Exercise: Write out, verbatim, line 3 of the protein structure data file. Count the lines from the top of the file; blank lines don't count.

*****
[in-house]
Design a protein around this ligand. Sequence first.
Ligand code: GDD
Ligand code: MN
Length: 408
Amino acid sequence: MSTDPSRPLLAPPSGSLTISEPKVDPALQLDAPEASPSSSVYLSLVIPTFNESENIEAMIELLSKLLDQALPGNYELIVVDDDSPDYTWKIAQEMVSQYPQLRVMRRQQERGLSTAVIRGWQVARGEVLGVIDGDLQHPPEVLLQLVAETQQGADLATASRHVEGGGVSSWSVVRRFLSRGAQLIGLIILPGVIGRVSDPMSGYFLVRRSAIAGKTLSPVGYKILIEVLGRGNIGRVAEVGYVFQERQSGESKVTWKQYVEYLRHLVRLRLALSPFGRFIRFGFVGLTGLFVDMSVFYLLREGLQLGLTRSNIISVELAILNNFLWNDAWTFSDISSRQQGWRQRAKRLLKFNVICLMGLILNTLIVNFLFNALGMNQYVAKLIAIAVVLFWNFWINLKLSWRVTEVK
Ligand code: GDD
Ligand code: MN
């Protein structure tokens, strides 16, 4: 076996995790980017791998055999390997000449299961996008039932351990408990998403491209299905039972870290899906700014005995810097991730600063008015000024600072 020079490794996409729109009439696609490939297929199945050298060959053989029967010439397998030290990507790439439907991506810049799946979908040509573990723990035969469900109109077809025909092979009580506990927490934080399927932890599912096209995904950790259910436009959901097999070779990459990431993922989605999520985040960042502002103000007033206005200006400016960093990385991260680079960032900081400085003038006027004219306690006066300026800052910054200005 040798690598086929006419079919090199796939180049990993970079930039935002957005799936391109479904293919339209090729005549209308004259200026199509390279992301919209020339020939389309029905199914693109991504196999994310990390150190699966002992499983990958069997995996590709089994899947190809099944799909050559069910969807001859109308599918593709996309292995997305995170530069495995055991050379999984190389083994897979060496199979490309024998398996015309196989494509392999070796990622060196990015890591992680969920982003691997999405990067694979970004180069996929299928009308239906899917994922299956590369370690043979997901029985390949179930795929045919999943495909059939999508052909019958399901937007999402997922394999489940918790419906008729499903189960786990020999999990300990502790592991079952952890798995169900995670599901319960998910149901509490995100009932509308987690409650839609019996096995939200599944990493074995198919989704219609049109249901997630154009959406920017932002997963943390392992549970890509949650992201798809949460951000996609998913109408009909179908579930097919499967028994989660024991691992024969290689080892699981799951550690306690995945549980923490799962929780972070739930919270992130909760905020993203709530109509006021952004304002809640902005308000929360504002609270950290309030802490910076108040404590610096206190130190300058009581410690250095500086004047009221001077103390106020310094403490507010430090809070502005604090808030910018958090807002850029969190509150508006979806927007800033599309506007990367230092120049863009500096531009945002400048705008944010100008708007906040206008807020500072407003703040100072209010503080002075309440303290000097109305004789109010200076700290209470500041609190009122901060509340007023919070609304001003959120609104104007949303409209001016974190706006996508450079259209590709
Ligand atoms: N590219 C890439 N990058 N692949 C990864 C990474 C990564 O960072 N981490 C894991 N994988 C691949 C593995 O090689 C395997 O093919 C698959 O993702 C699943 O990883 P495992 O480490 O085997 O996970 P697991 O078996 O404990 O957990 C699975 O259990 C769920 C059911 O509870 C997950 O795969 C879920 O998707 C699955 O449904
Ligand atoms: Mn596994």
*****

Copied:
Ligand code: GDD